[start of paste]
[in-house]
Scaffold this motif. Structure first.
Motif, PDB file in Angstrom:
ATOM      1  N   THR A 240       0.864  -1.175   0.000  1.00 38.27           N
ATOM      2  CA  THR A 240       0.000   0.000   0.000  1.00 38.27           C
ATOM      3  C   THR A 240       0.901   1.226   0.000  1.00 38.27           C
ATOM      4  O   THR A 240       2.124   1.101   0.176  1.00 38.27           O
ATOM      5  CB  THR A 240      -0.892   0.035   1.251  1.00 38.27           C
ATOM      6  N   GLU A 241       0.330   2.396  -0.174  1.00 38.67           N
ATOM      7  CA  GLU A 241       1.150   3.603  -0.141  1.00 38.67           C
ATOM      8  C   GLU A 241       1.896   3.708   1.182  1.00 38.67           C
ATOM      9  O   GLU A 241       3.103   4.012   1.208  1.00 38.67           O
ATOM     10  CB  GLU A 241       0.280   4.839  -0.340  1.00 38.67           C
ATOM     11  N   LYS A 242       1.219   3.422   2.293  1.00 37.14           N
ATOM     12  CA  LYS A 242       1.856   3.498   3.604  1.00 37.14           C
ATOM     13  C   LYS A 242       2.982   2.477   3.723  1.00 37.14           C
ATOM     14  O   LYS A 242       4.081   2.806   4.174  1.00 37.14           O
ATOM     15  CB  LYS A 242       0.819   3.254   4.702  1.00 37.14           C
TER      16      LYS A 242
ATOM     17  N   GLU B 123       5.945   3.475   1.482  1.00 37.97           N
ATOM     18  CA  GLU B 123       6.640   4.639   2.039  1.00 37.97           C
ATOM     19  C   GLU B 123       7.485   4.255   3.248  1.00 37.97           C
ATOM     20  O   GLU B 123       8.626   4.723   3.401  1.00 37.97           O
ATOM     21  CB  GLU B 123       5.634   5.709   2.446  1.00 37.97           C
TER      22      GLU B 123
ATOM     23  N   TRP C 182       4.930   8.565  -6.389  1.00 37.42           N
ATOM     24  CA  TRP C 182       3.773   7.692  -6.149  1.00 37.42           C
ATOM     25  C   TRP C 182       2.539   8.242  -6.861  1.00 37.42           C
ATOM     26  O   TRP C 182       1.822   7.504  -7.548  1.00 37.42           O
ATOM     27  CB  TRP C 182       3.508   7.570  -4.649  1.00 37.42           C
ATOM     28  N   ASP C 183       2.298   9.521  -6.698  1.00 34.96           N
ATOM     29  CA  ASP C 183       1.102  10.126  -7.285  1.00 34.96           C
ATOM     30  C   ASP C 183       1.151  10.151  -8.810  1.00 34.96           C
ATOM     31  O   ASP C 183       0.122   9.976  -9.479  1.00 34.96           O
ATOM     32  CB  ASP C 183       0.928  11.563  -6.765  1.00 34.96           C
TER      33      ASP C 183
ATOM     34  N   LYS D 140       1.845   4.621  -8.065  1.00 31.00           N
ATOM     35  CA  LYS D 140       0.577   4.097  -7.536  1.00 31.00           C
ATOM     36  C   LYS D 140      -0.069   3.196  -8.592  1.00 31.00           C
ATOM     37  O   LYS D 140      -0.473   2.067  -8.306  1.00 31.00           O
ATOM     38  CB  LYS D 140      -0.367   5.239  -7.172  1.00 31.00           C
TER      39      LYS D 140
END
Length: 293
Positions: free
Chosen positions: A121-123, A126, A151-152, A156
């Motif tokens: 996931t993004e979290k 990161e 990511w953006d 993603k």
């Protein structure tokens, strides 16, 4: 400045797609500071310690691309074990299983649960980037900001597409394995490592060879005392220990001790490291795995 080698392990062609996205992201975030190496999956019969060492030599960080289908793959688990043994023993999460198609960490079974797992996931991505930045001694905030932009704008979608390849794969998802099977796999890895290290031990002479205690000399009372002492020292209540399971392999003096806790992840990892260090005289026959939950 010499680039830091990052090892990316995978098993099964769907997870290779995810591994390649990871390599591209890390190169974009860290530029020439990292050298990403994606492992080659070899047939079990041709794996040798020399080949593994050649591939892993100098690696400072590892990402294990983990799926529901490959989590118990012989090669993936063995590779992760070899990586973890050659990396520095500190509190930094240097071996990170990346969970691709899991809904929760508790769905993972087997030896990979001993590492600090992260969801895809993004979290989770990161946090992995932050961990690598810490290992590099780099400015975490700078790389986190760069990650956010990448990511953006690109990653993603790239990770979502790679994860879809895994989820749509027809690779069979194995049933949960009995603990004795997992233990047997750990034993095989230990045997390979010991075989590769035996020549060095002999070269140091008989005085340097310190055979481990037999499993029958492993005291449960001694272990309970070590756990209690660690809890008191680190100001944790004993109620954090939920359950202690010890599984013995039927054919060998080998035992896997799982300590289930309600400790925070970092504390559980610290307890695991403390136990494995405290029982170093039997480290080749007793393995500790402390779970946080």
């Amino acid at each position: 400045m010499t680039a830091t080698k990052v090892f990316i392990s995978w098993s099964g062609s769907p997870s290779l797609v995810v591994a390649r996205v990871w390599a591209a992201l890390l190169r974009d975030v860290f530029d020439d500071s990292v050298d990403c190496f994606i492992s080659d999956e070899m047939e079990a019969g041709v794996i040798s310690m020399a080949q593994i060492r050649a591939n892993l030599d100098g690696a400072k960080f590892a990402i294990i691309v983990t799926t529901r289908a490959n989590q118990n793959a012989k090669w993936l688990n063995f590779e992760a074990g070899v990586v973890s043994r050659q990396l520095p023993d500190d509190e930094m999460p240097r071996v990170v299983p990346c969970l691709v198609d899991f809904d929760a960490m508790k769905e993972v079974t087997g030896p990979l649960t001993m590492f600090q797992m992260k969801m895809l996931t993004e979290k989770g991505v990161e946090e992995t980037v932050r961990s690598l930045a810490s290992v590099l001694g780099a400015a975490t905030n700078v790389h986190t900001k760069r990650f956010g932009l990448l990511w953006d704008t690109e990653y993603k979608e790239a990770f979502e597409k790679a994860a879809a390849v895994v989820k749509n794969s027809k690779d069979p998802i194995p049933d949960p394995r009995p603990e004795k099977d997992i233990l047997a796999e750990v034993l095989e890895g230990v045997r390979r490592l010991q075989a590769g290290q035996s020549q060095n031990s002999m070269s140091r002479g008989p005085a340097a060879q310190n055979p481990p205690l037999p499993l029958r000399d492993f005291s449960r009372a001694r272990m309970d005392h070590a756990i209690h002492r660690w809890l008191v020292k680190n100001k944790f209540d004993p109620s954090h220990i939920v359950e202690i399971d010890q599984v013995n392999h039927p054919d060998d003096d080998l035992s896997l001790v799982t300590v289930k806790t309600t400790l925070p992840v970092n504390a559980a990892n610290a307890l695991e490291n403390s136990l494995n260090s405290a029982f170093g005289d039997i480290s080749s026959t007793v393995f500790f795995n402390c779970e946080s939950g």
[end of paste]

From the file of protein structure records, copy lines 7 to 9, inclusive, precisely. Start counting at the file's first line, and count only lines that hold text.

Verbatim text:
ATOM      4  O   THR A 240       2.124   1.101   0.176  1.00 38.27           O
ATOM      5  CB  THR A 240      -0.892   0.035   1.251  1.00 38.27           C
ATOM      6  N   GLU A 241       0.330   2.396  -0.174  1.00 38.67           N